He has already started to appear again in more settings that lend themselves to intimate exchanges with voters and will soon do longer interviews, which he has largely avoided, during which he can dole out tales about himself.

Still, the aides say Mr. Romney has a natural reticence — he regards talking about himself as bragging, they say. And they are all too aware of his susceptibility to awkward or off-key statements when it comes to disclosing personal information, like the story he told to voters in Wisconsin on Wednesday about his father, as head of American Motors, closing a factory in Michigan and moving the production to Wisconsin…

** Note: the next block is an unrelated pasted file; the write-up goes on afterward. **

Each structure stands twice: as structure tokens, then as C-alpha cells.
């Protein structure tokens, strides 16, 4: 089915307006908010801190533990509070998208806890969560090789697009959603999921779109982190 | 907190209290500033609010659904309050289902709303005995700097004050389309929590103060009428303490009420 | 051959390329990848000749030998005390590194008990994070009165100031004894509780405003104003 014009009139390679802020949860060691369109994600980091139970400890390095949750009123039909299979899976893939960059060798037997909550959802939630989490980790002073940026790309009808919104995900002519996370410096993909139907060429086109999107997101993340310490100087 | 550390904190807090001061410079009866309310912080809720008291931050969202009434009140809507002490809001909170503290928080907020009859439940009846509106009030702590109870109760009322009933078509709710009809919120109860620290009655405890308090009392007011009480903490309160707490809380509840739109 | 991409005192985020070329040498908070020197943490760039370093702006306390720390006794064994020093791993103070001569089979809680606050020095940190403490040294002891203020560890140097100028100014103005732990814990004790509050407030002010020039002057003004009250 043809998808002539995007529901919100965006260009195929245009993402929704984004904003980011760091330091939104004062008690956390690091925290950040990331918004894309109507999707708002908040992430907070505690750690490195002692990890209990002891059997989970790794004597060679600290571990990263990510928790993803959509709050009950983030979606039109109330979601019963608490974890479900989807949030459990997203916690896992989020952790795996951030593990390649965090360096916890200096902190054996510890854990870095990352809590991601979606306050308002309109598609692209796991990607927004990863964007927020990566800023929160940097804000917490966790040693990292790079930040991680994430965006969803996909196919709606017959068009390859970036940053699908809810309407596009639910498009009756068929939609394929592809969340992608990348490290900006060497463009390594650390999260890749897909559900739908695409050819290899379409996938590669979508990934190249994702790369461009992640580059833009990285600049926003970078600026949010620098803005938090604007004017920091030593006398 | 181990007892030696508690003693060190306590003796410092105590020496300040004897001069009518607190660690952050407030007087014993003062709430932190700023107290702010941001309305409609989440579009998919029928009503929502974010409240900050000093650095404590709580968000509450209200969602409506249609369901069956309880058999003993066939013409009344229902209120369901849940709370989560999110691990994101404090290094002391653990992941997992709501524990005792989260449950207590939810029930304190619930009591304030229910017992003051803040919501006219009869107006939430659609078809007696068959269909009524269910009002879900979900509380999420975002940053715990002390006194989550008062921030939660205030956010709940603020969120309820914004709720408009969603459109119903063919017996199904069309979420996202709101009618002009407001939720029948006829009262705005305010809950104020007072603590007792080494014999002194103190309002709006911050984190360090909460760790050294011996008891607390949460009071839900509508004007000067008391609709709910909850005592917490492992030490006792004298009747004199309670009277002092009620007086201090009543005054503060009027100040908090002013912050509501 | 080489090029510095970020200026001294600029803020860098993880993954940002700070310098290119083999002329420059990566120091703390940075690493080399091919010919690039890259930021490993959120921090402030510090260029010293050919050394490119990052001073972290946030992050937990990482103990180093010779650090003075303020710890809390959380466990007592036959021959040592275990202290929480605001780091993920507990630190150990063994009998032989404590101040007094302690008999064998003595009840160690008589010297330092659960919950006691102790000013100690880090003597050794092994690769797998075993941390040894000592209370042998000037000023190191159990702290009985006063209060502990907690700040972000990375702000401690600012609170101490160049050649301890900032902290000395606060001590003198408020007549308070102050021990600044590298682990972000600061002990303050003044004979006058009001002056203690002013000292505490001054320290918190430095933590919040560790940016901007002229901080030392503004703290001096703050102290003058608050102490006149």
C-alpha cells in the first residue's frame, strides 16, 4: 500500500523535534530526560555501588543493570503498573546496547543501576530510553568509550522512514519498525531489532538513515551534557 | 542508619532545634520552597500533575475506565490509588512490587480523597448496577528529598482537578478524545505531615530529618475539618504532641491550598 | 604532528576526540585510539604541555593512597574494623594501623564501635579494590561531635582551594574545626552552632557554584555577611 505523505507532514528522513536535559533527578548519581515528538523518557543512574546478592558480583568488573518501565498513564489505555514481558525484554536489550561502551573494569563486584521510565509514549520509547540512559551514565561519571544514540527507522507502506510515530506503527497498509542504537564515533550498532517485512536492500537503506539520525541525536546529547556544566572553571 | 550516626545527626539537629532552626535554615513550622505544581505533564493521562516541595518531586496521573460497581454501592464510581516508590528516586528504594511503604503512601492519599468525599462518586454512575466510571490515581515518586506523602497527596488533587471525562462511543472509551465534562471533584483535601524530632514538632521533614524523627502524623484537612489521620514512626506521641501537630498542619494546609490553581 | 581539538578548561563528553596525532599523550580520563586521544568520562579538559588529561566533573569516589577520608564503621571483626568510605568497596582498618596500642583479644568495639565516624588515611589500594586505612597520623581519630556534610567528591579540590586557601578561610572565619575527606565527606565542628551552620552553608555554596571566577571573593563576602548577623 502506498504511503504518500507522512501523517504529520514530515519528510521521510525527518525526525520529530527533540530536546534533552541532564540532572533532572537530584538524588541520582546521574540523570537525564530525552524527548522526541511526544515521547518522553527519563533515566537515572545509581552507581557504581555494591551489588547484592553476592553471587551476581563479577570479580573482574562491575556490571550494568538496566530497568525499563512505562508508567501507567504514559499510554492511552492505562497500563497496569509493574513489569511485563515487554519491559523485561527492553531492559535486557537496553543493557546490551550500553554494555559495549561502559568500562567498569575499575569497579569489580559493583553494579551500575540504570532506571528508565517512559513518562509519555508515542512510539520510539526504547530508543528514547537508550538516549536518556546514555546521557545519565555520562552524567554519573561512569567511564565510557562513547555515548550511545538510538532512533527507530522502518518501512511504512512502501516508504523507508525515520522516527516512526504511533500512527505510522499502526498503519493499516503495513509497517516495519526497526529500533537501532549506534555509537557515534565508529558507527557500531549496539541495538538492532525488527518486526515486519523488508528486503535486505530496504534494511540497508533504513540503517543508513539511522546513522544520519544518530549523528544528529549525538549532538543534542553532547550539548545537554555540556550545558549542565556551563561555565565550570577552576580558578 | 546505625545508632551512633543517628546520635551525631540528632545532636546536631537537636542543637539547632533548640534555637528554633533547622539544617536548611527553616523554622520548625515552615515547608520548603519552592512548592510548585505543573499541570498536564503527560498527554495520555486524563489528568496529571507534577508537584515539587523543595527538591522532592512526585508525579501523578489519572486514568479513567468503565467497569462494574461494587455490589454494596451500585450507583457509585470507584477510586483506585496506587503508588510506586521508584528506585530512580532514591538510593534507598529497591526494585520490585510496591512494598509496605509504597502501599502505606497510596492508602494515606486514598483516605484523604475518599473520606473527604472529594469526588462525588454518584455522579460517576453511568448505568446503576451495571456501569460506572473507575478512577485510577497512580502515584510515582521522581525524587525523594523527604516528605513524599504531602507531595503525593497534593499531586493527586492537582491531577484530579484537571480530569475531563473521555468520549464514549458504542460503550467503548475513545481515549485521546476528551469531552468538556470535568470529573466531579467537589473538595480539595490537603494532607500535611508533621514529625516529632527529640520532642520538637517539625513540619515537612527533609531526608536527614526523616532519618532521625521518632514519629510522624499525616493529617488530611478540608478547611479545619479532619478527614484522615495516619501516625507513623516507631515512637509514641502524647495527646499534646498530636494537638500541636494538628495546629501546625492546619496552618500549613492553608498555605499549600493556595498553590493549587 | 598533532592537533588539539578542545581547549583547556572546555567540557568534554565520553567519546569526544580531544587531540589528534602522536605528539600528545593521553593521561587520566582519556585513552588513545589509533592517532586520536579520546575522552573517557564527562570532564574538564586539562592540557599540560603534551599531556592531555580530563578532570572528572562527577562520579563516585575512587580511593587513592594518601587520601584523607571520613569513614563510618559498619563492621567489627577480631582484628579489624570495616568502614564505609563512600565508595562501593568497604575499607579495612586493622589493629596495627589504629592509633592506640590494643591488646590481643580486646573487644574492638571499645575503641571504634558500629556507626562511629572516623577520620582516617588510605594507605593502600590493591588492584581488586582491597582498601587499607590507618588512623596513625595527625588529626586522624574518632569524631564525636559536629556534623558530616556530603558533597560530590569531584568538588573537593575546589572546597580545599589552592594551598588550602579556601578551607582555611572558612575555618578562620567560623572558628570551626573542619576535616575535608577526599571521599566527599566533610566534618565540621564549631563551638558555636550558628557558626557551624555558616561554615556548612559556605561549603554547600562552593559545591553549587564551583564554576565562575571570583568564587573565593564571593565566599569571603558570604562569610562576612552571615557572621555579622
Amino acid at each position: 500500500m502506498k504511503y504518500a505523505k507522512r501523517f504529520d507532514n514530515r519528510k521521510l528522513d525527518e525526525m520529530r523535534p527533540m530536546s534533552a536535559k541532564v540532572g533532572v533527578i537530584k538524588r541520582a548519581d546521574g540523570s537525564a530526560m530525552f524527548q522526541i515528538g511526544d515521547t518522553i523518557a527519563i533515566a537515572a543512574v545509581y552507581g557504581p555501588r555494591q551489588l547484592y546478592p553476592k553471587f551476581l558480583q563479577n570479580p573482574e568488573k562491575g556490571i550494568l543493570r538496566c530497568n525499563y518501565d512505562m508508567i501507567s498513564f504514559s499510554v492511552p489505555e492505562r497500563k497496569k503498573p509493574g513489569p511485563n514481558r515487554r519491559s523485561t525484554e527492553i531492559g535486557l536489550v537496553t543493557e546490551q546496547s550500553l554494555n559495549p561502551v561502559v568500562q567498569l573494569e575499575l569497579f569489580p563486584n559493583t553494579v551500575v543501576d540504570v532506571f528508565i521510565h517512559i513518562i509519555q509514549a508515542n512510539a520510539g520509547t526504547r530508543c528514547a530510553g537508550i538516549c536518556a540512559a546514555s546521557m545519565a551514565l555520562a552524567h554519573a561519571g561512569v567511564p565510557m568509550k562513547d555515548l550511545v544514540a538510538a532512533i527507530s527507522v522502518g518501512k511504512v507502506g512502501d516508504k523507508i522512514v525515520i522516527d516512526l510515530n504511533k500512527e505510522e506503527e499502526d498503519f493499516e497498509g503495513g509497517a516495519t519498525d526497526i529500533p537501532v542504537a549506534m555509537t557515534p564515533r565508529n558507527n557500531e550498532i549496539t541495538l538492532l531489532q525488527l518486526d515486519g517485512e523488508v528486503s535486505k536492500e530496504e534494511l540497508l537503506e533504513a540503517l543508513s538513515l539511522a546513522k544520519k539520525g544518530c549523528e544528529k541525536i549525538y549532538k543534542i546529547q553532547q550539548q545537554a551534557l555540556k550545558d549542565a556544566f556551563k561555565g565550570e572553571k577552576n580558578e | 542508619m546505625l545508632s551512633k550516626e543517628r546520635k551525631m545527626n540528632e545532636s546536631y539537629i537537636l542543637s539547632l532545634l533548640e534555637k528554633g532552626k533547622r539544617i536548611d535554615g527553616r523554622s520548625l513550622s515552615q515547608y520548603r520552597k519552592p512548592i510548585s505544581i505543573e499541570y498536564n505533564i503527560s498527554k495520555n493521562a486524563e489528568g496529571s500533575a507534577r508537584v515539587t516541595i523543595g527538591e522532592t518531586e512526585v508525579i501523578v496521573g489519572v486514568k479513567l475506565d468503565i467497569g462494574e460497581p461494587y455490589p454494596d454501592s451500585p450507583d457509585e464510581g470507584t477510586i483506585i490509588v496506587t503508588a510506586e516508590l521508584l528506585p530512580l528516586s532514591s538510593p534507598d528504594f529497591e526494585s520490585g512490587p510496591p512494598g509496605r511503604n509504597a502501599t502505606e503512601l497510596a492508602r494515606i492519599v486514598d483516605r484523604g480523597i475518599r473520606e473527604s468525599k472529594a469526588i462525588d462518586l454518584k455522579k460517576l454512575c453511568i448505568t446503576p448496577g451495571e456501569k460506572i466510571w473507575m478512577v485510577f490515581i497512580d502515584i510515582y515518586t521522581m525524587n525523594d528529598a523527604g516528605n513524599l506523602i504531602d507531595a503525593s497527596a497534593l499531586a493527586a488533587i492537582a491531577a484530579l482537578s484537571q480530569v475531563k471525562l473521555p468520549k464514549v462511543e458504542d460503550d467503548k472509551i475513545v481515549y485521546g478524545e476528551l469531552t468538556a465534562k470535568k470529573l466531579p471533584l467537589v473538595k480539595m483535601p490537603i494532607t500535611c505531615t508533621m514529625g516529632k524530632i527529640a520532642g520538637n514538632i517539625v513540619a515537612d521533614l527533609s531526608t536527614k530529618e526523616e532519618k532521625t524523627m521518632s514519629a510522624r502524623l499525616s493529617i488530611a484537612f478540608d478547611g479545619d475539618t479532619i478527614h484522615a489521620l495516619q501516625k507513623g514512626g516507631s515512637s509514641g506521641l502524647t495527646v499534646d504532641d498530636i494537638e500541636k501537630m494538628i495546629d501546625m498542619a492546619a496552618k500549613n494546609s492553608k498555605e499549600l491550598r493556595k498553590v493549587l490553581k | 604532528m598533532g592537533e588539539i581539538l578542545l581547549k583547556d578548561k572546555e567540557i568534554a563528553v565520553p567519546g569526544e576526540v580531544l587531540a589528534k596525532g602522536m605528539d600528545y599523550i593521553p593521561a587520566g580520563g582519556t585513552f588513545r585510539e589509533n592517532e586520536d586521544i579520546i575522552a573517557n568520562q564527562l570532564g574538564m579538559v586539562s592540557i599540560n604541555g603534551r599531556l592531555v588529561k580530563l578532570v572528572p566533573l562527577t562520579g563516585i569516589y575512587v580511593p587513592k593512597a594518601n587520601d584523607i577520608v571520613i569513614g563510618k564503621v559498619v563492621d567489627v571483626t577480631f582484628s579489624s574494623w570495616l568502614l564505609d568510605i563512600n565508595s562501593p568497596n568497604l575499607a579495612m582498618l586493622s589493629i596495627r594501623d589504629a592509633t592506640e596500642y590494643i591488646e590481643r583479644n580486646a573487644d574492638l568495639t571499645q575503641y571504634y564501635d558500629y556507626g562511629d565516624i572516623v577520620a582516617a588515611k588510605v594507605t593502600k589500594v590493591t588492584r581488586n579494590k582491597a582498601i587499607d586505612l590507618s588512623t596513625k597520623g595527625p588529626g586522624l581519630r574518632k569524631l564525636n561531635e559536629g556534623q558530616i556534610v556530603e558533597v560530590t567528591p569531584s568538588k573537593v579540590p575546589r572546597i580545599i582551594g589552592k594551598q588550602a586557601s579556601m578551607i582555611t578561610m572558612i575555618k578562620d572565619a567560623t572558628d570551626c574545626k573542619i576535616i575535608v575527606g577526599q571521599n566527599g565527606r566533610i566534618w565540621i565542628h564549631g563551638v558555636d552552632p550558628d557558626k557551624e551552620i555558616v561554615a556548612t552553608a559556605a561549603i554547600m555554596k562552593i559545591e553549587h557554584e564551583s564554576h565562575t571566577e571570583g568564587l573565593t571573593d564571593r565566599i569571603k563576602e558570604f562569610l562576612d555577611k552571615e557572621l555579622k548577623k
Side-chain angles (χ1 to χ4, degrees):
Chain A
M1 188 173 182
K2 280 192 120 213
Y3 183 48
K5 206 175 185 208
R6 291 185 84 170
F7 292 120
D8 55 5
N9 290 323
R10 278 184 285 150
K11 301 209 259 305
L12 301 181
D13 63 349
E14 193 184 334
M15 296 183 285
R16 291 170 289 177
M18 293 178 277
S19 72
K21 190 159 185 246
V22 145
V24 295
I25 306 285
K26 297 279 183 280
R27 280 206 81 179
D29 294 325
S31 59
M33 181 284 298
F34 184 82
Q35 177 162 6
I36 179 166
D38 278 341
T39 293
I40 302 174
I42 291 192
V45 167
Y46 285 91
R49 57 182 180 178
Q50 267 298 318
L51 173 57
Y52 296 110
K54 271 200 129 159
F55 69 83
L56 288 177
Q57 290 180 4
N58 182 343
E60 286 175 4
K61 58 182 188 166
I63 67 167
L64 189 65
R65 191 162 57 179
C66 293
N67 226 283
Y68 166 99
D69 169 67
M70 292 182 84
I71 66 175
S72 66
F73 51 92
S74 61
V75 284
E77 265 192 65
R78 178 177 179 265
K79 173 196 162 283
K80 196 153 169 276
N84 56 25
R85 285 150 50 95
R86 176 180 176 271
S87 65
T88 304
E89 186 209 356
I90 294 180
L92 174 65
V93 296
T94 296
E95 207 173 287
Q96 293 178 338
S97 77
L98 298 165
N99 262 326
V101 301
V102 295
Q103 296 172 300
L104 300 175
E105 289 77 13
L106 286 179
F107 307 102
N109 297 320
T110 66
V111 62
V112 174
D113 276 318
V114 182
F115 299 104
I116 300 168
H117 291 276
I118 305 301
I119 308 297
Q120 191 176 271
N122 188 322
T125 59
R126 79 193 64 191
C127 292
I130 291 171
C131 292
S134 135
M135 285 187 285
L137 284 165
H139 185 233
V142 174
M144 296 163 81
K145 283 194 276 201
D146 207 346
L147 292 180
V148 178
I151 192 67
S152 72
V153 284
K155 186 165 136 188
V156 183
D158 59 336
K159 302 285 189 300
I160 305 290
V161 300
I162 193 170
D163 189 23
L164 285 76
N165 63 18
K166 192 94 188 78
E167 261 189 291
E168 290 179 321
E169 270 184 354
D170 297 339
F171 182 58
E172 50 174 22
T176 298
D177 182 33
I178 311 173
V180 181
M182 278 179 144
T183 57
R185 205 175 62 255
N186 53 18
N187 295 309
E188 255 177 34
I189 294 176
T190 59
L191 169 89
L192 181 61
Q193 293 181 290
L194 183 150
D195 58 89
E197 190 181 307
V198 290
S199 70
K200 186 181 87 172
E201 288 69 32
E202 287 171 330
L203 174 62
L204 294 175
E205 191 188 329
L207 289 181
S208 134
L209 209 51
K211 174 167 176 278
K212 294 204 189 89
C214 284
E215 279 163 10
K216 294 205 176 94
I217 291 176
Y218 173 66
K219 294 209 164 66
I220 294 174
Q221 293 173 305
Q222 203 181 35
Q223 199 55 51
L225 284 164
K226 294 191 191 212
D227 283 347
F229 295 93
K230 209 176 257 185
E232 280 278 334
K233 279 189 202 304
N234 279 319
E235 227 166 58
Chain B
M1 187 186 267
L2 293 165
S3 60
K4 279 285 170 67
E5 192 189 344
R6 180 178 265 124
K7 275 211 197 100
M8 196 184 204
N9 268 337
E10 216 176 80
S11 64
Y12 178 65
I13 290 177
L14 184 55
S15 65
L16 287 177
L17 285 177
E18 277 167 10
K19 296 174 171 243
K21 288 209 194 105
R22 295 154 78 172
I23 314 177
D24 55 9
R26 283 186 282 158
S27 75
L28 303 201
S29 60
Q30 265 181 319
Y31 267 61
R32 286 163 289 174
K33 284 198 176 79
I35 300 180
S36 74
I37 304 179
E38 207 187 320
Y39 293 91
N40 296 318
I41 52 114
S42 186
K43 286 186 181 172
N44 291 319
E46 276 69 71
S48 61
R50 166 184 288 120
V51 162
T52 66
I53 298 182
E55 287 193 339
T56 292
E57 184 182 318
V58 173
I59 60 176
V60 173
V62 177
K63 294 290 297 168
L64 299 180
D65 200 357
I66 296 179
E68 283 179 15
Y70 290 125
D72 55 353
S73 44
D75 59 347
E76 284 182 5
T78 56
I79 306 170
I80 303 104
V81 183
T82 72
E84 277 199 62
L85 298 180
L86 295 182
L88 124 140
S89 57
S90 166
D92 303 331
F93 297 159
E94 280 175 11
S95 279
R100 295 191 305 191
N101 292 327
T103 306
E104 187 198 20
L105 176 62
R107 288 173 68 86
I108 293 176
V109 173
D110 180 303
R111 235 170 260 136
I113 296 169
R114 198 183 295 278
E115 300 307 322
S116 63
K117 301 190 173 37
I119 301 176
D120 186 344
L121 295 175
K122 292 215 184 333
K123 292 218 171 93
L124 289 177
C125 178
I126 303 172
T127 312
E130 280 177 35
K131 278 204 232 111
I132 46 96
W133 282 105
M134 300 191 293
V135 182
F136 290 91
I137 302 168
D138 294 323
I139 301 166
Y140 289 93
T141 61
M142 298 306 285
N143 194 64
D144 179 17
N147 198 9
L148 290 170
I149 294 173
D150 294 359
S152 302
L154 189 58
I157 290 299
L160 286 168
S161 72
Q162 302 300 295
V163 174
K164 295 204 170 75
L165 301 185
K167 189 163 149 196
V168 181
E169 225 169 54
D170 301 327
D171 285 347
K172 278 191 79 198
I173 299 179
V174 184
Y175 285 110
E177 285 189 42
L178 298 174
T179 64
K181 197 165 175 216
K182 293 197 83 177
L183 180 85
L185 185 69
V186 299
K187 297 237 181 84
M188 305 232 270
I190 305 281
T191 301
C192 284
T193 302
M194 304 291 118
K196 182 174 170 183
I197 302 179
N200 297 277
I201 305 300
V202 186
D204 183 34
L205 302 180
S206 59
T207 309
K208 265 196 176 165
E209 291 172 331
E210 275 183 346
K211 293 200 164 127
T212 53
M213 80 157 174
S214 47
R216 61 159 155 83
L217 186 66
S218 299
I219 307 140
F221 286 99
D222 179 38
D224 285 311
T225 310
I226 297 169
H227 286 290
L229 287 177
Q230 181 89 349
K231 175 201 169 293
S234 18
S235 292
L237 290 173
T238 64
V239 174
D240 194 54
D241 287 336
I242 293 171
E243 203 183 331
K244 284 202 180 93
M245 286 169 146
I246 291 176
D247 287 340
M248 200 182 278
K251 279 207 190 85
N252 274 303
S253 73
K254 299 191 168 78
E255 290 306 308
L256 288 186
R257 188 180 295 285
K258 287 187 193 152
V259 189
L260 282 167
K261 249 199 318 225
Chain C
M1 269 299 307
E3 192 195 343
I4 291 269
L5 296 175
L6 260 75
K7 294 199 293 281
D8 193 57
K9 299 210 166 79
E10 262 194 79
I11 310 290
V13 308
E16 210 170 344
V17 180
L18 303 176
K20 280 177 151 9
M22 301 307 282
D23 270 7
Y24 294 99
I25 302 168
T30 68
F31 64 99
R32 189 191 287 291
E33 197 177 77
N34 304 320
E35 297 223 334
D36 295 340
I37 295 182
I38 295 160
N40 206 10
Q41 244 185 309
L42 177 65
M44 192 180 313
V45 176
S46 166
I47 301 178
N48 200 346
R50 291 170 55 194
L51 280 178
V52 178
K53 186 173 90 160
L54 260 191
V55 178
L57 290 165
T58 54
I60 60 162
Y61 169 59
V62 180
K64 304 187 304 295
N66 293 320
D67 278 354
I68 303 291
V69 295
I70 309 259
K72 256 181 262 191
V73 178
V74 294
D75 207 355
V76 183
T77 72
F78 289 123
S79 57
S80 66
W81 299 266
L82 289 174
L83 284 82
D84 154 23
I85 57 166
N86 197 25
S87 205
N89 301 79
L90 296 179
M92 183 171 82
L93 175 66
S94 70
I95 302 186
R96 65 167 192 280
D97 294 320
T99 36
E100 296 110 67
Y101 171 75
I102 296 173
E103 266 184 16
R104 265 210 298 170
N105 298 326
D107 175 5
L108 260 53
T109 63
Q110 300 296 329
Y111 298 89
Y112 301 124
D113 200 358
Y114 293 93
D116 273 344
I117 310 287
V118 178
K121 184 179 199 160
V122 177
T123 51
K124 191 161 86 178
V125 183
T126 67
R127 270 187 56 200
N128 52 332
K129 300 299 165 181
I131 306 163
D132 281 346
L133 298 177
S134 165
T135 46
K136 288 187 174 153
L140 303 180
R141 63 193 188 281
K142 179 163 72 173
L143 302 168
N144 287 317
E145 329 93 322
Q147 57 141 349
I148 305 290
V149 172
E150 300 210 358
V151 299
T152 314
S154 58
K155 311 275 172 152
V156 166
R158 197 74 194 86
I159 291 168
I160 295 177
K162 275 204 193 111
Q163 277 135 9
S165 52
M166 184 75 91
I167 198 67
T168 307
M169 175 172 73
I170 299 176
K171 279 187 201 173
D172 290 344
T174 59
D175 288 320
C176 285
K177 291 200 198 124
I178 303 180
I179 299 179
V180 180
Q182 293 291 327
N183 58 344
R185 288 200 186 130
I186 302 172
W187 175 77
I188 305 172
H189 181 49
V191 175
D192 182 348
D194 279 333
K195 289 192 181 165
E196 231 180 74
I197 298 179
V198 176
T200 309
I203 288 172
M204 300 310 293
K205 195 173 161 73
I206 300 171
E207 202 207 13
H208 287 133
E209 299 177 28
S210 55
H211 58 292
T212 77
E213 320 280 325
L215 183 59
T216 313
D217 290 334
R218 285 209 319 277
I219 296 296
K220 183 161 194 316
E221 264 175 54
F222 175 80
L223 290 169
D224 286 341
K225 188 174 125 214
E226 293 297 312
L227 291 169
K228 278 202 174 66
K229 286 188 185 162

“He’s got some good stories to tell, and I don’t think he tells them very well,” Mrs. Lester said, wondering aloud why Mr. Romney rarely talks about how he supported his wife during her struggles with multiple sclerosis and breast cancer…

“There’s so many stories of Mitt helping and reaching out and helping other people, and he’s very modest about it and he doesn’t talk about it,” said his wife, Ann, when asked by Neil Cavuto of Fox News this month why she and her husband rarely talk about how he supported her during her illnesses.

Now, she and other surrogates are trying to do the job that Mr. Romney seems uncomfortable, or unwilling, to do himself.